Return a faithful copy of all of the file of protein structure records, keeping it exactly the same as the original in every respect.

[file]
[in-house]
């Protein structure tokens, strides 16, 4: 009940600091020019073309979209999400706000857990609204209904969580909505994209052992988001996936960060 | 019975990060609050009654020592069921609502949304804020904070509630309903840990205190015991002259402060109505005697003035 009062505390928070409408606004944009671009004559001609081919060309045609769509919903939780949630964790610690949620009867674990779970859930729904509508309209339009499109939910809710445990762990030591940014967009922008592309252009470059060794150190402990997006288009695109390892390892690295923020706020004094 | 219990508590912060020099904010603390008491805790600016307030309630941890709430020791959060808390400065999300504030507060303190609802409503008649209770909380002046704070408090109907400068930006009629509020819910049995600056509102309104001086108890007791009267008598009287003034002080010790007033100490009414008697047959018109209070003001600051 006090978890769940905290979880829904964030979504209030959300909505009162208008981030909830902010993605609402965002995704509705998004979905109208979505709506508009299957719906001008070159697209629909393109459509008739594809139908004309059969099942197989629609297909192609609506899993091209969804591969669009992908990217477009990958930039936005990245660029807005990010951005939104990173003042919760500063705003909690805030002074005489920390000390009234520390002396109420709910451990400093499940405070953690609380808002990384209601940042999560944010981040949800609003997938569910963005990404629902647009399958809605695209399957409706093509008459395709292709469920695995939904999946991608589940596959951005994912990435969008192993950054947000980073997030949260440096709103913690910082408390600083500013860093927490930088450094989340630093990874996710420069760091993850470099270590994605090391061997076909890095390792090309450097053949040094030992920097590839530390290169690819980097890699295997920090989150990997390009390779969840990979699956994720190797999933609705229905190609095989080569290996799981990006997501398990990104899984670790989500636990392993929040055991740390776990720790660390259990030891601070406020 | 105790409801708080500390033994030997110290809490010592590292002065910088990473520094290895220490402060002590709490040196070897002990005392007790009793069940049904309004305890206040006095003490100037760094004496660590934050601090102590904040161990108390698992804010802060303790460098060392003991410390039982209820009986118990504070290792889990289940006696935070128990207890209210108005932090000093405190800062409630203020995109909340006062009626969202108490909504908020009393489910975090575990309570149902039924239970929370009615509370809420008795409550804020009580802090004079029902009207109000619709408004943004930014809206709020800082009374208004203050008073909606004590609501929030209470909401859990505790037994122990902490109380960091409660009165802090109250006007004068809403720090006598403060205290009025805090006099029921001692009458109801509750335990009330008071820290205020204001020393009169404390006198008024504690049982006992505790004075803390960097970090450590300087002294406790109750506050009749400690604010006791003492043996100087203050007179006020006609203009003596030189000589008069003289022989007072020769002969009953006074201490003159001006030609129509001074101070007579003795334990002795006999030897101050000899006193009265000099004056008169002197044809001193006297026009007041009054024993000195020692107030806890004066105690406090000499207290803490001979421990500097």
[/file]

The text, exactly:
[in-house]
């Protein structure tokens, strides 16, 4: 009940600091020019073309979209999400706000857990609204209904969580909505994209052992988001996936960060 | 019975990060609050009654020592069921609502949304804020904070509630309903840990205190015991002259402060109505005697003035 009062505390928070409408606004944009671009004559001609081919060309045609769509919903939780949630964790610690949620009867674990779970859930729904509508309209339009499109939910809710445990762990030591940014967009922008592309252009470059060794150190402990997006288009695109390892390892690295923020706020004094 | 219990508590912060020099904010603390008491805790600016307030309630941890709430020791959060808390400065999300504030507060303190609802409503008649209770909380002046704070408090109907400068930006009629509020819910049995600056509102309104001086108890007791009267008598009287003034002080010790007033100490009414008697047959018109209070003001600051 006090978890769940905290979880829904964030979504209030959300909505009162208008981030909830902010993605609402965002995704509705998004979905109208979505709506508009299957719906001008070159697209629909393109459509008739594809139908004309059969099942197989629609297909192609609506899993091209969804591969669009992908990217477009990958930039936005990245660029807005990010951005939104990173003042919760500063705003909690805030002074005489920390000390009234520390002396109420709910451990400093499940405070953690609380808002990384209601940042999560944010981040949800609003997938569910963005990404629902647009399958809605695209399957409706093509008459395709292709469920695995939904999946991608589940596959951005994912990435969008192993950054947000980073997030949260440096709103913690910082408390600083500013860093927490930088450094989340630093990874996710420069760091993850470099270590994605090391061997076909890095390792090309450097053949040094030992920097590839530390290169690819980097890699295997920090989150990997390009390779969840990979699956994720190797999933609705229905190609095989080569290996799981990006997501398990990104899984670790989500636990392993929040055991740390776990720790660390259990030891601070406020 | 105790409801708080500390033994030997110290809490010592590292002065910088990473520094290895220490402060002590709490040196070897002990005392007790009793069940049904309004305890206040006095003490100037760094004496660590934050601090102590904040161990108390698992804010802060303790460098060392003991410390039982209820009986118990504070290792889990289940006696935070128990207890209210108005932090000093405190800062409630203020995109909340006062009626969202108490909504908020009393489910975090575990309570149902039924239970929370009615509370809420008795409550804020009580802090004079029902009207109000619709408004943004930014809206709020800082009374208004203050008073909606004590609501929030209470909401859990505790037994122990902490109380960091409660009165802090109250006007004068809403720090006598403060205290009025805090006099029921001692009458109801509750335990009330008071820290205020204001020393009169404390006198008024504690049982006992505790004075803390960097970090450590300087002294406790109750506050009749400690604010006791003492043996100087203050007179006020006609203009003596030189000589008069003289022989007072020769002969009953006074201490003159001006030609129509001074101070007579003795334990002795006999030897101050000899006193009265000099004056008169002197044809001193006297026009007041009054024993000195020692107030806890004066105690406090000499207290803490001979421990500097």